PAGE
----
Last week, we learned how to pair alphas and fonts. If you want to know more about fonts, listen to this episode of The Digiscrap Geek Podcast. Today, we’ll explore a simple strategy for creating titles by using word art and title cards…
You’ll find a word art pack and title cards each month in The Storyteller Collections. Word art has the ability to make a great title for your page in theory, but it doesn’t always work out that way. Sometimes, it can just feel flat or get lost in the other elements of your page. If you don’t know why it’s missing the mark, it can be a frustrating situation that puts you off titles altogether. It’s my goal today to help you figure out how to make it work and help you fall back in love with titles… without frustration!
It’s all about the design principle of visual weight and being intentional.
Visual weight means things on your page are either heavy or light. The heavier something is, the more it will draw the eye. Being intentional just means you have a reason for placing something on your page, in *that* spot. Practicing these two things together is key for creating titles with word art.
At it’s core, it’s easy: You just need to pick a piece of word art that relates to the story of your page and then choose a home for it on your page so people know it’s your title without having to be told.
I use word art for my titles a lot, so I’ll show you exactly how I use this strategy:
In Sweet Son, I used a piece of word art to title my page. It perfectly expresses the sentiment of my story. You know it’s the title because of a few key things: It’s larger than all the other words, it’s placed by the photo (and photos always draw the eye) and it’s in an area with lots of embellishing, unlike the rest of the words on the page, thus it has a heavier visual weight.
On Great Escape, the word art is the title and again, it overlaps the photo, is in an eye-catching black, and is larger than the rest of the words on the page. It also relates to the story in a way another bit of word art cannot: Books are an escape and my page is about reading.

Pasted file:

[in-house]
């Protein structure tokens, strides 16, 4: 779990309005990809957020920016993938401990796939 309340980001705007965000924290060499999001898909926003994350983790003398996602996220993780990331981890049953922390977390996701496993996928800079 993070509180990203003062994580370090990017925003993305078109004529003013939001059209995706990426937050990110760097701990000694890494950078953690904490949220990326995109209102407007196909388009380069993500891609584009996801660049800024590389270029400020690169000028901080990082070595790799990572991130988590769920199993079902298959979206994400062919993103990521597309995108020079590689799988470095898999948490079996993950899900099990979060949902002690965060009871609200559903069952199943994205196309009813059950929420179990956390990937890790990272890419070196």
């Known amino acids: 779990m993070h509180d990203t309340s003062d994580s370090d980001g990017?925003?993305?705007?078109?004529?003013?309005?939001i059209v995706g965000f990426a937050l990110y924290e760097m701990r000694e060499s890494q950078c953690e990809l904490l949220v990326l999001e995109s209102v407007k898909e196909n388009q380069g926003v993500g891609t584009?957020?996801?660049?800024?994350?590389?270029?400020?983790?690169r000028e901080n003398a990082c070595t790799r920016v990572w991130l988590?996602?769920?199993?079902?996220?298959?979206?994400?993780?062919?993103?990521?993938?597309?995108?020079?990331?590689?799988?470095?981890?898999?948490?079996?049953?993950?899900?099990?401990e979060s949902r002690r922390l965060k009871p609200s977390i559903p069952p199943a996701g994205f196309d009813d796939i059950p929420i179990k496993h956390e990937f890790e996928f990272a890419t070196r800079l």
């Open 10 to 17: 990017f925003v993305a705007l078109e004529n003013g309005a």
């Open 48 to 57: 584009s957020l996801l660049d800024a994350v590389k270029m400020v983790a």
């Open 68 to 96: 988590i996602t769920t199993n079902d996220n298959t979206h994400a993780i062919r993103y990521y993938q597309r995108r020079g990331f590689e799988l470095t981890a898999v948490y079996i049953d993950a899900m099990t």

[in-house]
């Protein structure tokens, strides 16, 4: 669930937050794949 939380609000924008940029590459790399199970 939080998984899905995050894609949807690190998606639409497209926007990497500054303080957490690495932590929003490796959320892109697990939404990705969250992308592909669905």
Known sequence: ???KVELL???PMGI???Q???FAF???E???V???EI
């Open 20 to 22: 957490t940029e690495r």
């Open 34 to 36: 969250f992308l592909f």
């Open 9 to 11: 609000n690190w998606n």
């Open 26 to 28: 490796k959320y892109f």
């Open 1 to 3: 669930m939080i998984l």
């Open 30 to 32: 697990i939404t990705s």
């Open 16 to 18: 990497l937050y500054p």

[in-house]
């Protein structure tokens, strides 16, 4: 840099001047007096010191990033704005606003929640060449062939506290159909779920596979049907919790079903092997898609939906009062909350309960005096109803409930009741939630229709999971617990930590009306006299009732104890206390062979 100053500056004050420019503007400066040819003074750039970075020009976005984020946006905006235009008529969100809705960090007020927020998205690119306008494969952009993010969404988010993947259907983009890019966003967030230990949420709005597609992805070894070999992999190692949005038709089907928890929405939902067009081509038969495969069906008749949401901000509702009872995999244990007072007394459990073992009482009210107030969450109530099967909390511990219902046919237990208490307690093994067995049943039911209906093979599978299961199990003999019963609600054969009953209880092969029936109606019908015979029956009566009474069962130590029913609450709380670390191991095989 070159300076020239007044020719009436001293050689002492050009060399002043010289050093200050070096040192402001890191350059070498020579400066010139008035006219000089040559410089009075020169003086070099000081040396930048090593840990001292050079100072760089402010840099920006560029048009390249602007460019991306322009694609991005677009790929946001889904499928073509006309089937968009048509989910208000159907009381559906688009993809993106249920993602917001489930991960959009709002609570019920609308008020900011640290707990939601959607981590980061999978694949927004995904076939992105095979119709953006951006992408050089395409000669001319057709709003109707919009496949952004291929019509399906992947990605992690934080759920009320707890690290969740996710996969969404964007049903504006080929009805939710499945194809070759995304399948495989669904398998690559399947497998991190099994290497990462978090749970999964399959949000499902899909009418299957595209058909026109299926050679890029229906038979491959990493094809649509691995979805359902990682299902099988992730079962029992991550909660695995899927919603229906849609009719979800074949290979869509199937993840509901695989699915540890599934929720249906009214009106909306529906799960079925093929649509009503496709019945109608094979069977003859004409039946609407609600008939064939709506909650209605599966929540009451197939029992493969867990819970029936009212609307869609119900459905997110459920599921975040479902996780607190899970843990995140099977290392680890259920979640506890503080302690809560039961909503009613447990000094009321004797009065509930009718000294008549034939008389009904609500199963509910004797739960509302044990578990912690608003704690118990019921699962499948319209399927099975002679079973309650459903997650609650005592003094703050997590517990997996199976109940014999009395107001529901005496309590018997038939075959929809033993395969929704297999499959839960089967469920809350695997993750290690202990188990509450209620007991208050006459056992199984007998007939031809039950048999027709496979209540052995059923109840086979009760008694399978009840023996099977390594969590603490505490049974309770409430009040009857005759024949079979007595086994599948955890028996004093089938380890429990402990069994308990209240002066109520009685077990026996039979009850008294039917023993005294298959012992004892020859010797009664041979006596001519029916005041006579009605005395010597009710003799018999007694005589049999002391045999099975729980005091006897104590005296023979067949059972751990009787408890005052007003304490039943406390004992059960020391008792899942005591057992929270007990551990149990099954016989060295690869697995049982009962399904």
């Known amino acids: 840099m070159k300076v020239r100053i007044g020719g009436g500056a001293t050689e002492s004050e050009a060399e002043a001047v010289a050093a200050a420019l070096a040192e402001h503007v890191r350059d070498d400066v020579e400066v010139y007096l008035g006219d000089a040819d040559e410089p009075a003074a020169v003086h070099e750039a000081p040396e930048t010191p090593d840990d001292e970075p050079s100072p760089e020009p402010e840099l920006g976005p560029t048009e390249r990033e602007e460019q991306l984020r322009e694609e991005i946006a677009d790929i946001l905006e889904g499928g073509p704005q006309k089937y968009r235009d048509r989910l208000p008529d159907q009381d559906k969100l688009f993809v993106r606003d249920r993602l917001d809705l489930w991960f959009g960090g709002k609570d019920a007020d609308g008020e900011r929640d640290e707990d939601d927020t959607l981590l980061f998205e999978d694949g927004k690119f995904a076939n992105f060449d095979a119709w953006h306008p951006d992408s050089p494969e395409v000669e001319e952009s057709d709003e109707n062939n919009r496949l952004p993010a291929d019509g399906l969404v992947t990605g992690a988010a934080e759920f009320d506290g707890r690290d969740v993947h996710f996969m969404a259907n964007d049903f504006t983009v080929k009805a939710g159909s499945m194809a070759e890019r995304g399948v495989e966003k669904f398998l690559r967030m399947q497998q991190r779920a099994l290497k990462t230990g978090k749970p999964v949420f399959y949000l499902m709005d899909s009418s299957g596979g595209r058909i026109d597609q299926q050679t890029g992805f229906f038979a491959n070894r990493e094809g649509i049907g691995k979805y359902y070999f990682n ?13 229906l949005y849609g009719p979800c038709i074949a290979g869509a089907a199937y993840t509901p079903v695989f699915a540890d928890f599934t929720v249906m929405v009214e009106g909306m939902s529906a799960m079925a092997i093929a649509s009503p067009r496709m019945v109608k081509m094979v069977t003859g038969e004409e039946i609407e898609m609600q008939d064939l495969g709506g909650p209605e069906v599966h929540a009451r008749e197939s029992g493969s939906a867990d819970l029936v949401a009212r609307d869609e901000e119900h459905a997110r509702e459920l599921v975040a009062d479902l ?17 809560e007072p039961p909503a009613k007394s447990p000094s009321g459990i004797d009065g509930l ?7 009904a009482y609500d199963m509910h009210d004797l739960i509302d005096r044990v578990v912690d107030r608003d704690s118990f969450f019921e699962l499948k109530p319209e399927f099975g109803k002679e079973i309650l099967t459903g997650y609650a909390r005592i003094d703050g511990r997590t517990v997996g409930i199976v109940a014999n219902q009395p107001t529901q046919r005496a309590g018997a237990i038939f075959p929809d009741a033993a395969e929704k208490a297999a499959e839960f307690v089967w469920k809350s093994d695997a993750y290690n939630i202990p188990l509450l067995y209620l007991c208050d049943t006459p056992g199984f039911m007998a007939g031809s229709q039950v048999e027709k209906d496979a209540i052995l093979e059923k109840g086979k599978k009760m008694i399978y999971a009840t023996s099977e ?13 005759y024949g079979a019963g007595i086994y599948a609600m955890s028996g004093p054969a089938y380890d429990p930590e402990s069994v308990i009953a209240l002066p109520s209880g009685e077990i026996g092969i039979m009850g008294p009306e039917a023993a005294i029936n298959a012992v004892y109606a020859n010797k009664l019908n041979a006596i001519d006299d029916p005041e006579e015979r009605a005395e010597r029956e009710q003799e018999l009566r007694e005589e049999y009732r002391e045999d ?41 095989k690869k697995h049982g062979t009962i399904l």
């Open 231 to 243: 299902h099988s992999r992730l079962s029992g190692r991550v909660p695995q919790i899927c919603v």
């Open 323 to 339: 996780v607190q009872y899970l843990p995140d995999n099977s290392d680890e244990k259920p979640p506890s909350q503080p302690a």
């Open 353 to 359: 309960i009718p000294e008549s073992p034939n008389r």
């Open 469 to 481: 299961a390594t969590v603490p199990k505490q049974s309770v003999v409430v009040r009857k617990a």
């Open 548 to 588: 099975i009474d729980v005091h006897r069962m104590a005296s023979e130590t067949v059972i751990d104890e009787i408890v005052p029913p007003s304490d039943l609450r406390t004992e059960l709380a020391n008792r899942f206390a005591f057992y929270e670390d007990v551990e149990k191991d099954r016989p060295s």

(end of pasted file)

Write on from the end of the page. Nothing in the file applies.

On Journey, I used a title pocket card for my title. You know it’s the title immediately because it takes up a lot of real-estate on the page. The color is eye catching- reds always capture the eye. It also happens to fit the story I’m telling about my husband.
In this pocket page, I’ve used a black and white piece of word art to create a title. Because it’s high contrast, it has more visual weight, drawing your eye to it immediately.
To better demonstrate how important visual weight really is, I’ve swapped out the word art above, to one with less visual weight:
Can you see the difference? Does the title look like a title or just another piece of word art?
Bottom Line: First, select a piece of word art that has some sort of connection to your story. Then place your word art strategically-like near your photo. Then use embellishment and size to give more visual weight.
Now take some action: Use visual weight and intention to turn word art into title work and share it in the comments. If you have a question, leave it below.
Next week, we’ll build on this strategy by adding in subtitles, alphas and fonts to create fun, engaging titles.